For the seventh review under the Extended Fund Facility (EFF), Pakistan and the IMF will begin virtual parleys on Friday (today), where the PM’s relief package and the granting of another tax amnesty for the industrial sector will be significant sticky topics.
According to Pakistani officials, the PM’s relief plan to lower gasoline and diesel prices by Rs10 per liter and electricity rates by Rs5 per unit would immediately reduce increasing inflationary pressures by 0.6% monthly. As a result of these alleviation efforts, indirect effects on CPI inflation will be seen in the months to come.
The IMF staff, on the other hand, would express concerns about the sustainability of the fiscal deficit because of the negative effect on the growing current account deficit on the spending side. According to an individual familiar with Pakistan’s economic dynamics who spoke to this scribe on Thursday, “These kinds of landmines would have an effect on the current account deficit after four to six months and someone will have to shoulder the weight of such doled out packages.”
In the first seven months of the current fiscal year, Pakistan’s current account deficit increased to $11.6 billion, and independent experts anticipate that it may reach $20 billion for the first time in Pakistan’s history. However, it is not yet clear how big of an effect this will have on the current account deficit.
Pakistan and the IMF team will meet for one week to discuss technical issues, and then three to four days for policy discussions to wrap up the EFF arrangement’s Seventh Review. Pakistani officials may be wishing for a speedy conclusion to a pending review, given how long it took to complete the last review (6th). In order to complete the EFF program on schedule, just a limited amount of time remains until September 2022 to complete the 7th, 8th, and 9th evaluations.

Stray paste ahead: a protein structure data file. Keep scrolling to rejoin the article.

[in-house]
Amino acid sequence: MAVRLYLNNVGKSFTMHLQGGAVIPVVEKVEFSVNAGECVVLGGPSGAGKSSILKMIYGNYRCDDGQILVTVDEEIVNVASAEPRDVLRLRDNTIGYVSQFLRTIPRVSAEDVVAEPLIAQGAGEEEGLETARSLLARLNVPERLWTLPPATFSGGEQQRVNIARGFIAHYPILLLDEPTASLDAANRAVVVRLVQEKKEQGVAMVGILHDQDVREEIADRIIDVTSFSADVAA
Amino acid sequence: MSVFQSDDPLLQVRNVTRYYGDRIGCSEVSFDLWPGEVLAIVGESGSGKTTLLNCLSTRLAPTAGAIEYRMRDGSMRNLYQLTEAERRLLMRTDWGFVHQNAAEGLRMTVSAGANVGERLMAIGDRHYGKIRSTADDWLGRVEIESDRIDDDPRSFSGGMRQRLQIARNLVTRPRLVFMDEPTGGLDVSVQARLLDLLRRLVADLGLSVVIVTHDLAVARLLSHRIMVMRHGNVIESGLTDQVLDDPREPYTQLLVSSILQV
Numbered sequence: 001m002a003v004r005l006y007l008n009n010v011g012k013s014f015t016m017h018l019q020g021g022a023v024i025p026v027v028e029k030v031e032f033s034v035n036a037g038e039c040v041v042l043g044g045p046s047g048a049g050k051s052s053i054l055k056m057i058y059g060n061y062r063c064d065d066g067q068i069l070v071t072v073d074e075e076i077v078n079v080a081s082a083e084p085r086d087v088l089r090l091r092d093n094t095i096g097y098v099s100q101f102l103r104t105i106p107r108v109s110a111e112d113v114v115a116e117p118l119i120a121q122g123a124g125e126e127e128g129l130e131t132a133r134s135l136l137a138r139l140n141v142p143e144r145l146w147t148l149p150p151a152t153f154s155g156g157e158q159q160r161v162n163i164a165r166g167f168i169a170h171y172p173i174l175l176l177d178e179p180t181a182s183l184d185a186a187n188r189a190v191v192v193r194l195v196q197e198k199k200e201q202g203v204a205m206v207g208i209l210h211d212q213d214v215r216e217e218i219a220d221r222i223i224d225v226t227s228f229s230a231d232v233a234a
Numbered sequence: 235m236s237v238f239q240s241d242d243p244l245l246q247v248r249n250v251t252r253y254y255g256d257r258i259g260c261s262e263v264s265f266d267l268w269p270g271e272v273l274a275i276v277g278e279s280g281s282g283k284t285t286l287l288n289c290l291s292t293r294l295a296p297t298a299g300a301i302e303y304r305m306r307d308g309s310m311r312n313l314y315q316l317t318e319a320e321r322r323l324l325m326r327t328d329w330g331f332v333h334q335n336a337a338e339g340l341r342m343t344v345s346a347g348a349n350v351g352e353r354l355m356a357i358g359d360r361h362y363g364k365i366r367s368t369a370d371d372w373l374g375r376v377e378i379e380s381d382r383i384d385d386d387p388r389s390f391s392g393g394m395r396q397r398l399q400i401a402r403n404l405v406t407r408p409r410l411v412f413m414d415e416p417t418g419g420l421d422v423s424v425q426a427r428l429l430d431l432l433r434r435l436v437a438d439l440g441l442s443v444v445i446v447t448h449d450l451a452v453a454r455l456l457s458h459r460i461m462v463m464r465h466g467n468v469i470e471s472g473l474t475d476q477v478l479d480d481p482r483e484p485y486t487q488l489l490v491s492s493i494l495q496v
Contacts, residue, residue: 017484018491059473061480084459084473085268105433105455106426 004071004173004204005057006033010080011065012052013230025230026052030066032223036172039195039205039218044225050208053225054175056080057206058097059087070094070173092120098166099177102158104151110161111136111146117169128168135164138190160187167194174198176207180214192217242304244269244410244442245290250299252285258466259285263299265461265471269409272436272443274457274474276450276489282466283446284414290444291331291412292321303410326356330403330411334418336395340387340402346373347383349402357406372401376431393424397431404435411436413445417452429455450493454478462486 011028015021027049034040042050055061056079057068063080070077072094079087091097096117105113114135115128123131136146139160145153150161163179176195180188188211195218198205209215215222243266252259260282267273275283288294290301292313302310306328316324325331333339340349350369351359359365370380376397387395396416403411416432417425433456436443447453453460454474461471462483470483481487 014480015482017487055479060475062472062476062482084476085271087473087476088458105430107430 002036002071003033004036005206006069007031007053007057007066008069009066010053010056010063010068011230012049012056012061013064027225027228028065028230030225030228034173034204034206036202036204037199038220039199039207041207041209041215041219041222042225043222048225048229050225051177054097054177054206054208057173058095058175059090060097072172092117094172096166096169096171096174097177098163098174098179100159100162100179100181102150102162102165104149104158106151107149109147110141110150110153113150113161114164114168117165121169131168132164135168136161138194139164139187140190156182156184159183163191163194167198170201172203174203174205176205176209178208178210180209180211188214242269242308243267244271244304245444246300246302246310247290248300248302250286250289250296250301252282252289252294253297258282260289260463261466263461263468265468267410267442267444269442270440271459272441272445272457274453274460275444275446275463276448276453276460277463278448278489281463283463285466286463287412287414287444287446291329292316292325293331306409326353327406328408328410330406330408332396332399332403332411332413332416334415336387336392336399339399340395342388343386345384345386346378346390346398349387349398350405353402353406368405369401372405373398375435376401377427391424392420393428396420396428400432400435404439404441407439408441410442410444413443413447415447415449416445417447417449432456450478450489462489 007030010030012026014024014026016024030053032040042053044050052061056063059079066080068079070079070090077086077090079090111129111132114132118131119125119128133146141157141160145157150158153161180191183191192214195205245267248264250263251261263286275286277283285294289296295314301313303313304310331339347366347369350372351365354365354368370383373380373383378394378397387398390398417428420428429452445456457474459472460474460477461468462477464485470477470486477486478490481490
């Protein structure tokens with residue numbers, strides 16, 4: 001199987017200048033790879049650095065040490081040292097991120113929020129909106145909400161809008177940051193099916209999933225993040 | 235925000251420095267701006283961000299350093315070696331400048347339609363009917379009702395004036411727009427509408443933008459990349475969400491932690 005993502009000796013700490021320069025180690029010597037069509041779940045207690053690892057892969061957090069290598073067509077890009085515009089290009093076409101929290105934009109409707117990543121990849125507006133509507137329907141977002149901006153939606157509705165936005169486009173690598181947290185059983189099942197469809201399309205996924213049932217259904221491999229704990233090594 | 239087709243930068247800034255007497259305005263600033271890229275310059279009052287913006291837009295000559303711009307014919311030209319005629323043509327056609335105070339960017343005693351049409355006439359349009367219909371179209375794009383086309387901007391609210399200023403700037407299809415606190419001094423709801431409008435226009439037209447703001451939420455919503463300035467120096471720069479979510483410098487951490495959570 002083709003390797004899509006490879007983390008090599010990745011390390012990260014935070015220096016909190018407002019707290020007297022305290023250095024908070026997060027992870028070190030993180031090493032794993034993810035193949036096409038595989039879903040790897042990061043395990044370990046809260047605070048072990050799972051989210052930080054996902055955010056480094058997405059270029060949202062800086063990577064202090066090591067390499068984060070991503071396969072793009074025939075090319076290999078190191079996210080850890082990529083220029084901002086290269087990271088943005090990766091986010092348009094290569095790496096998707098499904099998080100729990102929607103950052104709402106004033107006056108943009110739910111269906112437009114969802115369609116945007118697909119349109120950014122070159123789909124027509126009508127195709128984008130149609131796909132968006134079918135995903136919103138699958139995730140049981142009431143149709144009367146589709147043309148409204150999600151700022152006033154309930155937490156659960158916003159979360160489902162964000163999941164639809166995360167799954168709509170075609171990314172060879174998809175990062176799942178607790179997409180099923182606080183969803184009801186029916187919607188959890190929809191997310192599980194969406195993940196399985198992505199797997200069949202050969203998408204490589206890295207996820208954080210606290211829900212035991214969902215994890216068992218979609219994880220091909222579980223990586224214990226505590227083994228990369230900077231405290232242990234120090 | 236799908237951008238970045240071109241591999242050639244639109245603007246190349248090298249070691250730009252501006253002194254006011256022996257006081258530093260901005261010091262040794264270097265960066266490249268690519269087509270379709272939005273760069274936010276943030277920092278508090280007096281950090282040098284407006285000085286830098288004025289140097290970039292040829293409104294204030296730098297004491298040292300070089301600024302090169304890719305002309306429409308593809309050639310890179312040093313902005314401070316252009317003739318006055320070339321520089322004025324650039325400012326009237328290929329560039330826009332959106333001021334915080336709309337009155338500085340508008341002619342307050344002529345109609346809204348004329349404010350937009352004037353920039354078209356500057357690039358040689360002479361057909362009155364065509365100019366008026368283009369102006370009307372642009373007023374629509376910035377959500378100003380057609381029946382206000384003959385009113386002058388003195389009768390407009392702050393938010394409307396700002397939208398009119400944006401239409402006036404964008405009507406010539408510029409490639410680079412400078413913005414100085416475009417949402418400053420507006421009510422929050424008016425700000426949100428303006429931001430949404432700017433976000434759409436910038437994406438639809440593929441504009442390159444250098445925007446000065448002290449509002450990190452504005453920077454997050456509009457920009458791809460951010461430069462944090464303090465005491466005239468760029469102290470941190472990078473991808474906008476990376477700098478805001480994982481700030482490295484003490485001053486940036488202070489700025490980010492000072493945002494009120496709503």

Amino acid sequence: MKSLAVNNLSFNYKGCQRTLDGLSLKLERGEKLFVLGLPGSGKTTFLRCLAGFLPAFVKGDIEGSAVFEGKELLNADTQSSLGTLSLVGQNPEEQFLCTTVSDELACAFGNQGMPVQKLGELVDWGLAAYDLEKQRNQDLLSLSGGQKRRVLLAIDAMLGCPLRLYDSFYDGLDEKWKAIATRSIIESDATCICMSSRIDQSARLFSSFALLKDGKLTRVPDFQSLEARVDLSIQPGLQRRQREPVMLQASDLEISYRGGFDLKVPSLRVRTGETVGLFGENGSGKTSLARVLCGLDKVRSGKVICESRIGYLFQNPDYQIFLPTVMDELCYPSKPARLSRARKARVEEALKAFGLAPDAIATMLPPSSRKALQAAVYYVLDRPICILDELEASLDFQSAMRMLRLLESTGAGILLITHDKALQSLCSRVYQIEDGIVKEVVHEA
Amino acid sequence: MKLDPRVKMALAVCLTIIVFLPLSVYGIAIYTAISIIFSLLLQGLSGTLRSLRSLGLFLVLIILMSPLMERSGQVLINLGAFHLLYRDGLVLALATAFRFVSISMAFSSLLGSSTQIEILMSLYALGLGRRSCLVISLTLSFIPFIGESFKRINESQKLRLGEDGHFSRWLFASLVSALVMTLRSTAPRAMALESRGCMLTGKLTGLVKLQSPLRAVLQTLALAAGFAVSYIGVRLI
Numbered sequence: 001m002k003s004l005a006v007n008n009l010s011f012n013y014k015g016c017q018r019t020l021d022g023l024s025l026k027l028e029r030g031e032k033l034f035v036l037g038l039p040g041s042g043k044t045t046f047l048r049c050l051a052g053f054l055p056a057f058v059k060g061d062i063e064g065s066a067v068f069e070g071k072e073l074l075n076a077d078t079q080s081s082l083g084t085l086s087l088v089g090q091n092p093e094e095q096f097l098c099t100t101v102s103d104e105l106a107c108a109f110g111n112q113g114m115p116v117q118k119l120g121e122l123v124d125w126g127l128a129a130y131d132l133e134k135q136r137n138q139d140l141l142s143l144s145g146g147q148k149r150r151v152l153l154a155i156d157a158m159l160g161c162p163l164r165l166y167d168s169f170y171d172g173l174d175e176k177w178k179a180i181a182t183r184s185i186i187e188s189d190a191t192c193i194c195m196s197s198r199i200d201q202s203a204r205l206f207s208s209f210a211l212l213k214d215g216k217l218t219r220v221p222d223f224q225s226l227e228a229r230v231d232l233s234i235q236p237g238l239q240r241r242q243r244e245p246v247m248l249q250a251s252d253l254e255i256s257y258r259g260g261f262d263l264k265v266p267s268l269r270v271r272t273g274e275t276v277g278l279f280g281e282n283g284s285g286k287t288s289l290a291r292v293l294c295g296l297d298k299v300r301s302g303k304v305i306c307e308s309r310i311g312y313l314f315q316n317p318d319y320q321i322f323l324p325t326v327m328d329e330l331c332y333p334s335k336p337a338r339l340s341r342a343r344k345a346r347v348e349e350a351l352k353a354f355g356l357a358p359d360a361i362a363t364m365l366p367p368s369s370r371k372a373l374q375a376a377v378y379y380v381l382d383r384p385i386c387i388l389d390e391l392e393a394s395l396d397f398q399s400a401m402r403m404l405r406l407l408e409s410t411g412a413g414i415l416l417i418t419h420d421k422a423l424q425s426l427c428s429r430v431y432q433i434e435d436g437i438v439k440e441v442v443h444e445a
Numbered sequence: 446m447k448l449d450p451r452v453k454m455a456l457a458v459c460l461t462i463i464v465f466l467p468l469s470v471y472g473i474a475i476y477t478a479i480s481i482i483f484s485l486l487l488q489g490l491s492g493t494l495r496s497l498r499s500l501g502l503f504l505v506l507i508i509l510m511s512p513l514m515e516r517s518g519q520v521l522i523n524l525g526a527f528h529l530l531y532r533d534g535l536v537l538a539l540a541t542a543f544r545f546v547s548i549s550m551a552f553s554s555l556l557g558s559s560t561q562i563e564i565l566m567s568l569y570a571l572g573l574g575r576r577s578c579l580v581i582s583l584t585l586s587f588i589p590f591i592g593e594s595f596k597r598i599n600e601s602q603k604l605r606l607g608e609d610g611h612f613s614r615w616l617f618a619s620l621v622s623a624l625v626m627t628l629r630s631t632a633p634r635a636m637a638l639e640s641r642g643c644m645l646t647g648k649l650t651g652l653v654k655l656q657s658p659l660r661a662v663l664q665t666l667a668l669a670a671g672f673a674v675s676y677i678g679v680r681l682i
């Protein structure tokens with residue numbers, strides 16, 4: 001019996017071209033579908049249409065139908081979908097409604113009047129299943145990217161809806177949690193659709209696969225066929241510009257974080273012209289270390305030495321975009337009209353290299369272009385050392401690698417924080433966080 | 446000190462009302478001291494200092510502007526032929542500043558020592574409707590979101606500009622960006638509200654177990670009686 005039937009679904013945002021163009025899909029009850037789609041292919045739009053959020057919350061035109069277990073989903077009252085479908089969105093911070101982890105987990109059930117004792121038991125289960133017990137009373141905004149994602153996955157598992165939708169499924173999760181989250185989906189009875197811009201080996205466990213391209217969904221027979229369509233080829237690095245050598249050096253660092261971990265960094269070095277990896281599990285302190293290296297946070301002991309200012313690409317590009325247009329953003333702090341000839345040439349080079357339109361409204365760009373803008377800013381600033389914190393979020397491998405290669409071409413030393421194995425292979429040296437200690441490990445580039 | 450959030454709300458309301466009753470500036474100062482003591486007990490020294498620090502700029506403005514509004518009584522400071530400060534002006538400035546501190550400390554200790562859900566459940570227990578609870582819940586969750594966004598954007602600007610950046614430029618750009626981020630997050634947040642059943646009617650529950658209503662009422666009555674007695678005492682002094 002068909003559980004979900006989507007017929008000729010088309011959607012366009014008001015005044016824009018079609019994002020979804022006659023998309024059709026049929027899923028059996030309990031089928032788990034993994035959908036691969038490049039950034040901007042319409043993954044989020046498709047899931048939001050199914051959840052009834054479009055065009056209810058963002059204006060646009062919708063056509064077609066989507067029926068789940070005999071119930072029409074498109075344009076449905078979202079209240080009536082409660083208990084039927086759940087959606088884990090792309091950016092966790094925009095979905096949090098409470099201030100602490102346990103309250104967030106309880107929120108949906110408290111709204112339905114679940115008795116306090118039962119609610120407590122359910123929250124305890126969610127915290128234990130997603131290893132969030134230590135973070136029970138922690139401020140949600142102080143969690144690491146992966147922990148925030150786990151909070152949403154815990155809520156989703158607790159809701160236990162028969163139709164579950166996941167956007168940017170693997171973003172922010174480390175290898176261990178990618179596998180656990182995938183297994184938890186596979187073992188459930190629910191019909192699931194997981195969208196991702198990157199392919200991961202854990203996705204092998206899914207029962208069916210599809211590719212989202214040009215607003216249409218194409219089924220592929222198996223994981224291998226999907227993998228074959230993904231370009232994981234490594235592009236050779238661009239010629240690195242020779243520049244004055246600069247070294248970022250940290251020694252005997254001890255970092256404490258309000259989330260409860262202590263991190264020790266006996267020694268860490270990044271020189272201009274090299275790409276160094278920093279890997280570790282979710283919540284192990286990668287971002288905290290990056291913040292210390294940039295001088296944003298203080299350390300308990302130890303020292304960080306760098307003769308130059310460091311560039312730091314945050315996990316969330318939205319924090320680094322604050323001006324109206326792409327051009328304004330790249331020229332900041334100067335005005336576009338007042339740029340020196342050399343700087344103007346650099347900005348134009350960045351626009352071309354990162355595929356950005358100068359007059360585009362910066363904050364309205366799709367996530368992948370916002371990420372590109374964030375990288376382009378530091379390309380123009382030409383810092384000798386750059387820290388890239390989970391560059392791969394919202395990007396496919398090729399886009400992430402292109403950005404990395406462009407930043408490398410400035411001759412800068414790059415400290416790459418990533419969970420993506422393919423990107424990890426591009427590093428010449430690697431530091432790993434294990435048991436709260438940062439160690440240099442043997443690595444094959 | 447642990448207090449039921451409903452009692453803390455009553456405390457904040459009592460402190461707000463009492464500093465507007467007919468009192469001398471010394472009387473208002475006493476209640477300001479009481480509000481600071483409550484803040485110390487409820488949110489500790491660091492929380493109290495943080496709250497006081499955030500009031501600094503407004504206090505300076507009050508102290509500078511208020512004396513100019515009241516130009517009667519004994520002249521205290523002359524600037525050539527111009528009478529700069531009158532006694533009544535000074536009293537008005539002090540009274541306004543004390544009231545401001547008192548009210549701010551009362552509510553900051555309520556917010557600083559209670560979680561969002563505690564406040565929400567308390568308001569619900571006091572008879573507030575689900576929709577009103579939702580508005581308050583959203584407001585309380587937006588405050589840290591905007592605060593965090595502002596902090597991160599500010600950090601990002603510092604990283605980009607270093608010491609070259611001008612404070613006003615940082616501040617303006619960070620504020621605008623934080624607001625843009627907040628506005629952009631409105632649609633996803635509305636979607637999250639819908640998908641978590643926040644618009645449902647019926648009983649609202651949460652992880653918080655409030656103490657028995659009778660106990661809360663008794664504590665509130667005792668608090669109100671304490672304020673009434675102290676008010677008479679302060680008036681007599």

The PTI-led government intends to resurrect the Price Differential Claims (PDCs) scheme, which was launched by the Musharraf and PPP-led regimes in 2008 and 2009 to lower the costs of POL goods in the domestic market. Pakistan State Oil (PSO) and other OMCs were never repaid for these PDCs, and the money remains unpaid almost 12 years later. The administration seems to have switched into election mode with these actions. The International Monetary Fund (IMF) has yet to reply publicly to this massively distributed package, which seems to be a complete reversal of the Fund-sponsored scheme.
Using the FBR’s enhanced income, the government projected spending between Rs 300 and Rs 350 billion on these two relief initiatives.